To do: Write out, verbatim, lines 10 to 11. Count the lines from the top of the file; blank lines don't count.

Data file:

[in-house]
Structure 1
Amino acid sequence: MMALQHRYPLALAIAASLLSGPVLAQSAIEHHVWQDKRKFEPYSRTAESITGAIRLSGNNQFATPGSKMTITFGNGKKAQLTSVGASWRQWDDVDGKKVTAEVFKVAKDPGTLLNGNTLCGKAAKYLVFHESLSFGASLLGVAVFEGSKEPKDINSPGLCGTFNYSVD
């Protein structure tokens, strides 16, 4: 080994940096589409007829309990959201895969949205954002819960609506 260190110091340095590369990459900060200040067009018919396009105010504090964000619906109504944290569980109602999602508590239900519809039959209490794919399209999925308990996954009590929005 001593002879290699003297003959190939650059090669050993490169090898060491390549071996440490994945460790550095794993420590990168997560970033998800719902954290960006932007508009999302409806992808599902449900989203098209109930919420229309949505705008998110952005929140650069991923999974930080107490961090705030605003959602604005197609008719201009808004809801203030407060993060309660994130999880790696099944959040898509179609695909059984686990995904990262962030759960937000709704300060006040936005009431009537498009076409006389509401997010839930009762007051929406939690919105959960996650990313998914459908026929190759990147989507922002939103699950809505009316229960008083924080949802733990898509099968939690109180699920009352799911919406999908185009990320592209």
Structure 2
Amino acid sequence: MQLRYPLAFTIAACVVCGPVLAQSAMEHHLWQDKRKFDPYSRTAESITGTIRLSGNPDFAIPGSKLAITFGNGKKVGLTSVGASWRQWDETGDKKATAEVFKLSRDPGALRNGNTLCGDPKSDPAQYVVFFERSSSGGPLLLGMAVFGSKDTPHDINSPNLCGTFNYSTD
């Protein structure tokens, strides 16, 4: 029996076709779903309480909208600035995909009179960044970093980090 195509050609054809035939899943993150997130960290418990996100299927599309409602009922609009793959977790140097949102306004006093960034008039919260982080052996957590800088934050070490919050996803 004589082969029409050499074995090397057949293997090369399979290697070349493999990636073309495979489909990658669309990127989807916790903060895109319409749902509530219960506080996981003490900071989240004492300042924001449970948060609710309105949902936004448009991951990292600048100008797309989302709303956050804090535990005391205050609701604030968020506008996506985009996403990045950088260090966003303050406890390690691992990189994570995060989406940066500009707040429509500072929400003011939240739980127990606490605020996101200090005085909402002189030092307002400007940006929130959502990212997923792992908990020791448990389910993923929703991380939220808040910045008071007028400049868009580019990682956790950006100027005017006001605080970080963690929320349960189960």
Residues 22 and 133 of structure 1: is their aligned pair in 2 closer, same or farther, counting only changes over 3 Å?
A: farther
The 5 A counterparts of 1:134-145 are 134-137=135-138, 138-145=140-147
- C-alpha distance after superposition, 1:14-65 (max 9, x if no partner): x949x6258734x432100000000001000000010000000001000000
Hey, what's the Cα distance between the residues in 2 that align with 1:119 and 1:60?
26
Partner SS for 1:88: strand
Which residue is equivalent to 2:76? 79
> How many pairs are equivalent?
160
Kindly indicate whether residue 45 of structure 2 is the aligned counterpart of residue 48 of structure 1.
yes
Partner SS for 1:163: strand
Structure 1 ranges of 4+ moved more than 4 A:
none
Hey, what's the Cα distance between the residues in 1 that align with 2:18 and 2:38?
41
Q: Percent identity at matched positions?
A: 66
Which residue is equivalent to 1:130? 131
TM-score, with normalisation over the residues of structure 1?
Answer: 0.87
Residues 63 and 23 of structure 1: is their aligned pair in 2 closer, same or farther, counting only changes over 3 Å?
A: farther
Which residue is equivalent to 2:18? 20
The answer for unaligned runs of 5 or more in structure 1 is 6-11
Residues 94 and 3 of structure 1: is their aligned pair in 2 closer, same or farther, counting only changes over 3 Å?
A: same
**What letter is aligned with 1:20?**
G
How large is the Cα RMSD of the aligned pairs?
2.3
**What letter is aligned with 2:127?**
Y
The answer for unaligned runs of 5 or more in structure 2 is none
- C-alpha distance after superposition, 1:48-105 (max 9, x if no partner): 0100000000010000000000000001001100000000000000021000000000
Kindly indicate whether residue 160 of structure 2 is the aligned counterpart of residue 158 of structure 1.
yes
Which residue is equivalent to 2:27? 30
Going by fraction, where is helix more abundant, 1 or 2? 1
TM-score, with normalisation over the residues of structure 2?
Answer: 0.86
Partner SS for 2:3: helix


The 5 A counterparts of 1:134-145 are 134-137=135-138, 138-145=140-147
- C-alpha distance after superposition, 1:14-65 (max 9, x if no partner): x949x6258734x432100000000001000000010000000001000000